According to him, these virtues would be his ‘‘watchword’’ in the pursuit of Nigeria’s foreign policy objectives and the attainment of national interests.

The Ambassador-designate singled out for appreciation the Chief of Staff to the President, Prof. Ibrahim Gambari, and the state Chief of Protocol, Ambassador Lawal Kazaure, saying he had learnt a lot working under their mentorship.

He expressed gratitude to the Minister of Foreign Affairs and the Permanent Secretary, State House for giving him the opportunity of a memorable work experience in the State House.

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Economy

France, Nigeria to Build New Partnership

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France is currently aiming at building a new partnership with Nigeria, with the dispatching of its Minister in charge of Foreign Trade and Attractiveness, Franck Riester, to Nigeria.

Riester, who was expected at the time of filing this report on Monday, is scheduled to visit Nigeria from 12-14 April, 2021.

A statement from the French Embassy in Nigeria said: “Franck Riester is visiting Nigeria from 12 to 14 April, a visit that follows up on the priorities set by French President Emmanuel Macron during his official visit to Nigeria in July 2018 and his desire to build a new partnership between Africa and France.

“As the largest economy in Africa and the economic engine of West Africa, Nigeria is indeed a major partner for France, the first in sub-Saharan Africa with bilateral trade amounting to a total of 4.5 billion USD in 2019 (2.3 billion USD in 2020, due to the Covid-19 pandemic).”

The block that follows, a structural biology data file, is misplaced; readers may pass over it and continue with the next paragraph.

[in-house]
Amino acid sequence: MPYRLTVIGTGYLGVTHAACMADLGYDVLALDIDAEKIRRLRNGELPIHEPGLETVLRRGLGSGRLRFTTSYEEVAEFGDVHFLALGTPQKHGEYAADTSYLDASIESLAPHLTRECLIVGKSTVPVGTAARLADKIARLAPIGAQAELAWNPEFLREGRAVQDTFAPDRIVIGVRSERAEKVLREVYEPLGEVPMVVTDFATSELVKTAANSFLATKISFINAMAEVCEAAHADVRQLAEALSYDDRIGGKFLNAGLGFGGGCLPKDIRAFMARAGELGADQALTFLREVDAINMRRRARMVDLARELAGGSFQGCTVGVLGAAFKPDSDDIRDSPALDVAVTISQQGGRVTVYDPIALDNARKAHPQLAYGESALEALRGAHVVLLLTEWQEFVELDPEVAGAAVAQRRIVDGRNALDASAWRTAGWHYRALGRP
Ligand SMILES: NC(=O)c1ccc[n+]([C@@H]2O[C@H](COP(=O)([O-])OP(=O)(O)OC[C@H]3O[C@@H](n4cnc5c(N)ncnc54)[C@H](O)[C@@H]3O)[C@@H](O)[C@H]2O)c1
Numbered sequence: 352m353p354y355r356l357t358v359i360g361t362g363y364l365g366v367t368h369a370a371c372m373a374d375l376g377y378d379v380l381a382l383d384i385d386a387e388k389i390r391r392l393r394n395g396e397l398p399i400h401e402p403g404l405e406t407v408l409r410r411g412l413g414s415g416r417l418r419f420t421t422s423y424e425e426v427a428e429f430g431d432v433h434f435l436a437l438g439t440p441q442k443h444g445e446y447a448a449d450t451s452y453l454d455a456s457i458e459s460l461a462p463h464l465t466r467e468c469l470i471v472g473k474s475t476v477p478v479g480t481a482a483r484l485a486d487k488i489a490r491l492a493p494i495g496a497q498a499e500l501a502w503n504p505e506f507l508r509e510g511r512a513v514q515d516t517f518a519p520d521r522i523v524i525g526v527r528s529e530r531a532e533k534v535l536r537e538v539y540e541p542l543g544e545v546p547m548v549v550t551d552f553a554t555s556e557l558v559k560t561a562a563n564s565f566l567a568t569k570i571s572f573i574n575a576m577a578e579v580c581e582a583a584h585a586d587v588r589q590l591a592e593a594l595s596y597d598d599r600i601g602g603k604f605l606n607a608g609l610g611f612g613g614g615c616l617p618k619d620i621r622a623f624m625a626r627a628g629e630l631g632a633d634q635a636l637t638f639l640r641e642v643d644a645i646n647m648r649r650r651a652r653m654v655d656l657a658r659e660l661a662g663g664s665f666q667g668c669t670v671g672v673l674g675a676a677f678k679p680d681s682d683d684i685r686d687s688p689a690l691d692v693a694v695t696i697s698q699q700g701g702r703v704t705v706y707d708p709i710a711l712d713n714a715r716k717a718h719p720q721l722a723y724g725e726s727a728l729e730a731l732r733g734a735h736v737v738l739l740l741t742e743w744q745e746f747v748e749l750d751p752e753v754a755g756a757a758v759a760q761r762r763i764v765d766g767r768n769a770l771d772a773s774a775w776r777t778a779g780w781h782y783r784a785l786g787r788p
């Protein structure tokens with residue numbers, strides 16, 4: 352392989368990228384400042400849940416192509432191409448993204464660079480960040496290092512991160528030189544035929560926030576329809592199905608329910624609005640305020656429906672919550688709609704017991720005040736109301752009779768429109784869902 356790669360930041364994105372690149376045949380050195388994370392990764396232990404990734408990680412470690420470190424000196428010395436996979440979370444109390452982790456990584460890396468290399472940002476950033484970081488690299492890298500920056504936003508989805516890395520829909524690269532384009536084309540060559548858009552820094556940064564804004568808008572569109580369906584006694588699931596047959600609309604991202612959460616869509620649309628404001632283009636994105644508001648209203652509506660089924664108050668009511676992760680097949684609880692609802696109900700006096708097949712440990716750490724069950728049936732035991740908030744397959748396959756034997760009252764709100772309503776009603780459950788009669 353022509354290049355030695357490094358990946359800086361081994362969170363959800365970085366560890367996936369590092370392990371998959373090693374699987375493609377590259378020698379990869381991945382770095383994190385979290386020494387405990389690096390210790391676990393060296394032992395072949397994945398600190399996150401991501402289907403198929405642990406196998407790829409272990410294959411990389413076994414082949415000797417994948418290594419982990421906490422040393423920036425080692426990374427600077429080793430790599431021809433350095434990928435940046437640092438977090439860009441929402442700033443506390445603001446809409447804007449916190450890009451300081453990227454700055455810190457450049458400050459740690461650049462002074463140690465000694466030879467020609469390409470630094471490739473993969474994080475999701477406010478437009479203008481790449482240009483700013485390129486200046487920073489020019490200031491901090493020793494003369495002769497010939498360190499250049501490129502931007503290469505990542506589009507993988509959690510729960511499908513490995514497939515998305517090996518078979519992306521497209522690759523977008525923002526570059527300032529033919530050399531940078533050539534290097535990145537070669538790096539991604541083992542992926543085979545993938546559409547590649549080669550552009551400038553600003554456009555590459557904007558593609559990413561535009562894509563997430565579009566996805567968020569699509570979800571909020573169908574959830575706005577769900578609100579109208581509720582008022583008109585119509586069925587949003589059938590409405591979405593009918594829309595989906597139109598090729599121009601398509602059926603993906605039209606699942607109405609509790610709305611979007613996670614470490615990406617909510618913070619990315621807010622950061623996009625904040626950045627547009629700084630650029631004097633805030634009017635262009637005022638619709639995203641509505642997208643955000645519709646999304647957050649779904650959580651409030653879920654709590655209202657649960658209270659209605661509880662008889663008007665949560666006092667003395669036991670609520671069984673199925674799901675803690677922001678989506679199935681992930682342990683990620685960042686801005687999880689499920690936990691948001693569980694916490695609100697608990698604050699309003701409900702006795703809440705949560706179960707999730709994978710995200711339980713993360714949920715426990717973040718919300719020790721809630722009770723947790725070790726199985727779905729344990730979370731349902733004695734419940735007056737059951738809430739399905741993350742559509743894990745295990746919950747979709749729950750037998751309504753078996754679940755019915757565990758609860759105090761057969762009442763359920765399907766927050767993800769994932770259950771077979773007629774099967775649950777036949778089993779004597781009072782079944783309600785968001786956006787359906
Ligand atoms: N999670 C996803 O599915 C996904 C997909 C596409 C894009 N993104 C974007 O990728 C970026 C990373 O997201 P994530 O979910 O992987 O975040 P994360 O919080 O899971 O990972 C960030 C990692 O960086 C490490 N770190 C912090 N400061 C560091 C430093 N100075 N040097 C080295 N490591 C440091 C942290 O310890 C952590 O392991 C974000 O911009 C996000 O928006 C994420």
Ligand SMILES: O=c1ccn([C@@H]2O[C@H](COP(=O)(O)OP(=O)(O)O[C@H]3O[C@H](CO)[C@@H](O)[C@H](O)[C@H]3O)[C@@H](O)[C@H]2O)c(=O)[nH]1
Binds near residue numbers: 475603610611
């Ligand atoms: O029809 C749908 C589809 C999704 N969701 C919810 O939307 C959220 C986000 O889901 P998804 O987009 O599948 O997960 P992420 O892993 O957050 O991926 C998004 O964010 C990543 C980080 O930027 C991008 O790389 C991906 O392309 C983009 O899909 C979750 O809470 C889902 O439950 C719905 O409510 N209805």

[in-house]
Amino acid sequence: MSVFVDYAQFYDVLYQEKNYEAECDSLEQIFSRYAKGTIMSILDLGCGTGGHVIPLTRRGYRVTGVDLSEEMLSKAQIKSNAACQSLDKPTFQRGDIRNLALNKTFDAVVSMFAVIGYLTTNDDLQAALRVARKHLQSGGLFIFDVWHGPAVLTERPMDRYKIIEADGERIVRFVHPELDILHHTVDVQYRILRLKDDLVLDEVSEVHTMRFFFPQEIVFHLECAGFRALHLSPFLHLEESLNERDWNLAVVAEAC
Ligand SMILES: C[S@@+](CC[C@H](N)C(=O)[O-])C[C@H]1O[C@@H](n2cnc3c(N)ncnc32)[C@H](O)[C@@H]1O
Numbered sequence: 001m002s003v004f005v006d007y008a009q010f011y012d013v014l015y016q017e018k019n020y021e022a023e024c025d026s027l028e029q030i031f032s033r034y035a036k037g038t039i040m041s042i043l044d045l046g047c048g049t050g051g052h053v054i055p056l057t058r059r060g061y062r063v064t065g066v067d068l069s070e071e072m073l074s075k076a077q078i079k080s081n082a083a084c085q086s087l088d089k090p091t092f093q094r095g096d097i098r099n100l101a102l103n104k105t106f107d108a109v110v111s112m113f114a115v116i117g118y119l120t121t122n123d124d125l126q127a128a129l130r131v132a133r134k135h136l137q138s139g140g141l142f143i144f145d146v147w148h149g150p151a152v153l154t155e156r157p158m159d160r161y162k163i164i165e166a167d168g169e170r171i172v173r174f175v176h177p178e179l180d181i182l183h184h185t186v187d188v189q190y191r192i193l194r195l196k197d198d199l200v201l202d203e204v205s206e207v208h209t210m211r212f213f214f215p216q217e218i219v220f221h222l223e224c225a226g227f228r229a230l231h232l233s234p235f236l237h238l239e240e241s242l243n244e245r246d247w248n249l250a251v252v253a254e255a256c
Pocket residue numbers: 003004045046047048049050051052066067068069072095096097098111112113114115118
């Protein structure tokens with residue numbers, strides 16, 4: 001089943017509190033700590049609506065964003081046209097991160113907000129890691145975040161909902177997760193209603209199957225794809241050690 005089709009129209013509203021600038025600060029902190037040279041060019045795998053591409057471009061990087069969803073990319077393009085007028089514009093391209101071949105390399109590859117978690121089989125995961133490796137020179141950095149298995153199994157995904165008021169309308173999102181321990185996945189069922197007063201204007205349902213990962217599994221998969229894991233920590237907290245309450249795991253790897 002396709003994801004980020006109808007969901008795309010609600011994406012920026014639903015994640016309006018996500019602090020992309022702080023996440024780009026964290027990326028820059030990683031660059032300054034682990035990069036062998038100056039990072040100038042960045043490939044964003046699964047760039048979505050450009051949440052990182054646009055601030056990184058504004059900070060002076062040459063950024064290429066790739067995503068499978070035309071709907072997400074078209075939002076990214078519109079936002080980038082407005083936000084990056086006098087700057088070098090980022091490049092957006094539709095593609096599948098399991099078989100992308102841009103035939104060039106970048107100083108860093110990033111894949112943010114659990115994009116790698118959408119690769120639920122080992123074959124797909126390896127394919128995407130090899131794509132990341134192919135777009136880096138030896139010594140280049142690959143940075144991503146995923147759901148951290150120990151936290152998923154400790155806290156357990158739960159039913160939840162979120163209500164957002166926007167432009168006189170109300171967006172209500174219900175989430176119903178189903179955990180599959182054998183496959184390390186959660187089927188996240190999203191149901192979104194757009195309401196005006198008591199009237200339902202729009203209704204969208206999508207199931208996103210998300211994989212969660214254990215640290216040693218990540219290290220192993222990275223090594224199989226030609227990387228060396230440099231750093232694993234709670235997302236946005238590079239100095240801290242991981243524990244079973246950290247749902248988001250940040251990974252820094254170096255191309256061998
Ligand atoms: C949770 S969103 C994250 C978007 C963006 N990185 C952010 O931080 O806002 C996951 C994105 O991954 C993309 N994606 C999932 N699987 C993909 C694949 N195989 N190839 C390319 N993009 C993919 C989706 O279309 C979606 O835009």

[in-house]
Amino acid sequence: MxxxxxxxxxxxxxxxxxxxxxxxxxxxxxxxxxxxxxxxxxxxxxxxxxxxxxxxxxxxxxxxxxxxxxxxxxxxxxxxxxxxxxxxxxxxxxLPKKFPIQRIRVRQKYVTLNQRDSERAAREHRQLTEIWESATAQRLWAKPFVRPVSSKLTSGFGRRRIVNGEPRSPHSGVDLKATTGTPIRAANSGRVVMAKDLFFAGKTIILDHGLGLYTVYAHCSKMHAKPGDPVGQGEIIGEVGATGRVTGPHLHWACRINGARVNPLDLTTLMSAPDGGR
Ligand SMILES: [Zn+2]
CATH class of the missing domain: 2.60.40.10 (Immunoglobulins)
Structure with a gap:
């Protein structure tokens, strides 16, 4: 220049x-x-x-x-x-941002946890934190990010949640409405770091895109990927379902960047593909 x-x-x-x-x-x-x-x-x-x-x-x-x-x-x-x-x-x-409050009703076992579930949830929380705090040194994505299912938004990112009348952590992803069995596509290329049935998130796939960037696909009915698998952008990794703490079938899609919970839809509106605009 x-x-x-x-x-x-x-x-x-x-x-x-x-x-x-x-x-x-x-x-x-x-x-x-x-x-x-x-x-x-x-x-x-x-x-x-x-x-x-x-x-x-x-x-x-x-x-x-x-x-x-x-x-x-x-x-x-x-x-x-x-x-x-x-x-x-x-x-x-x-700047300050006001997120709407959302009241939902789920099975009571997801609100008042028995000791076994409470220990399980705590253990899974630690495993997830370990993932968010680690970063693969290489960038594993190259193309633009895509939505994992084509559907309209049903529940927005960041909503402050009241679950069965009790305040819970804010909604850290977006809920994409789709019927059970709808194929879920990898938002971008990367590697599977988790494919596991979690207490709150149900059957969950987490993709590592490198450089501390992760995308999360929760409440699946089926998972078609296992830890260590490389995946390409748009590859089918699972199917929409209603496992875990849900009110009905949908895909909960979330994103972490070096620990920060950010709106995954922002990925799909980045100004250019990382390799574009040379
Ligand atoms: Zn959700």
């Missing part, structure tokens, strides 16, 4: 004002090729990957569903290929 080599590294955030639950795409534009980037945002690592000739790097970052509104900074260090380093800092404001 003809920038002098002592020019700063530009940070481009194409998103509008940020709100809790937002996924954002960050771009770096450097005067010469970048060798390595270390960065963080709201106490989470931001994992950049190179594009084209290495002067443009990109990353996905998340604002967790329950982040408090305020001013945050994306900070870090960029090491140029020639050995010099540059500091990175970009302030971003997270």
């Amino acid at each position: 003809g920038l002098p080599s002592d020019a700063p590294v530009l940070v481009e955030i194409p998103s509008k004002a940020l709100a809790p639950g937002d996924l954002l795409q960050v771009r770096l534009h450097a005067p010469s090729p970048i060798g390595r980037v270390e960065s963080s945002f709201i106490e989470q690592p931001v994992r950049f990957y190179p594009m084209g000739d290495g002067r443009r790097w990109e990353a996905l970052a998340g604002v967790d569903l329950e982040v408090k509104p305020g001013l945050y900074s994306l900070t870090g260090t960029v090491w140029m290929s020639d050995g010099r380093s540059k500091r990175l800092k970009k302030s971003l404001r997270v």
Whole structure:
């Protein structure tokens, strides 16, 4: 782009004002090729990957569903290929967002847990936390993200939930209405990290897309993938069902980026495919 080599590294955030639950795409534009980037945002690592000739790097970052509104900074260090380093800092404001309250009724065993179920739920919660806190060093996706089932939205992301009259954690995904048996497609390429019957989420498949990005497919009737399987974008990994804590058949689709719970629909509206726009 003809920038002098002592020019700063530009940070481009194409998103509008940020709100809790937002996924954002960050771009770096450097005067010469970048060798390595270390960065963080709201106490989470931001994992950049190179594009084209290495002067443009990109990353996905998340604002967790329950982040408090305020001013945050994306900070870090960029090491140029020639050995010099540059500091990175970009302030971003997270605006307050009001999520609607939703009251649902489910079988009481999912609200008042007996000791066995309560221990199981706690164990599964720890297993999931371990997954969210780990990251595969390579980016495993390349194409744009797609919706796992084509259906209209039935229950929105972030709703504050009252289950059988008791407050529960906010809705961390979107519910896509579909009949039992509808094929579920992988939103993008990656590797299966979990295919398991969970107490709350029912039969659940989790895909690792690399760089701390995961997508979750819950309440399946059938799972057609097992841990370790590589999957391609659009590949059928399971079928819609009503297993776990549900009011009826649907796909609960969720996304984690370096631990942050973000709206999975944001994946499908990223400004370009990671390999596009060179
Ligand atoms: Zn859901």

It disclosed that the minister will have several official meetings in Abuja and Lagos, in order to underline the importance of the bilateral economic relationship and to prepare the summit on the financing of African economies in Paris on 18 May.

It revealed that the objective of the mission is also to further strengthen the links between the French and Nigerian private sectors, and “in this regard, the minister will have in-depth discussions with the main Nigerian economic actors to strengthen bilateral cooperation and investments, both in Nigeria and in France, particularly in the logistics sector”.

It said while in the country, the minister would meet with young Nigerian entrepreneurs in the cultural and creative industries sector, to discuss the major role of their country in African creativity and the development of the African entrepreneurial ecosystem, with the support of France.

It further said: “The minister will also open the ‘Choose Africa’ conference, a €3.5 billion initiative by President Emmanuel Macron dedicated to supporting the development of start-ups and SMEs in Africa to enable the continent to benefit fully from the opportunities of the digital revolution.”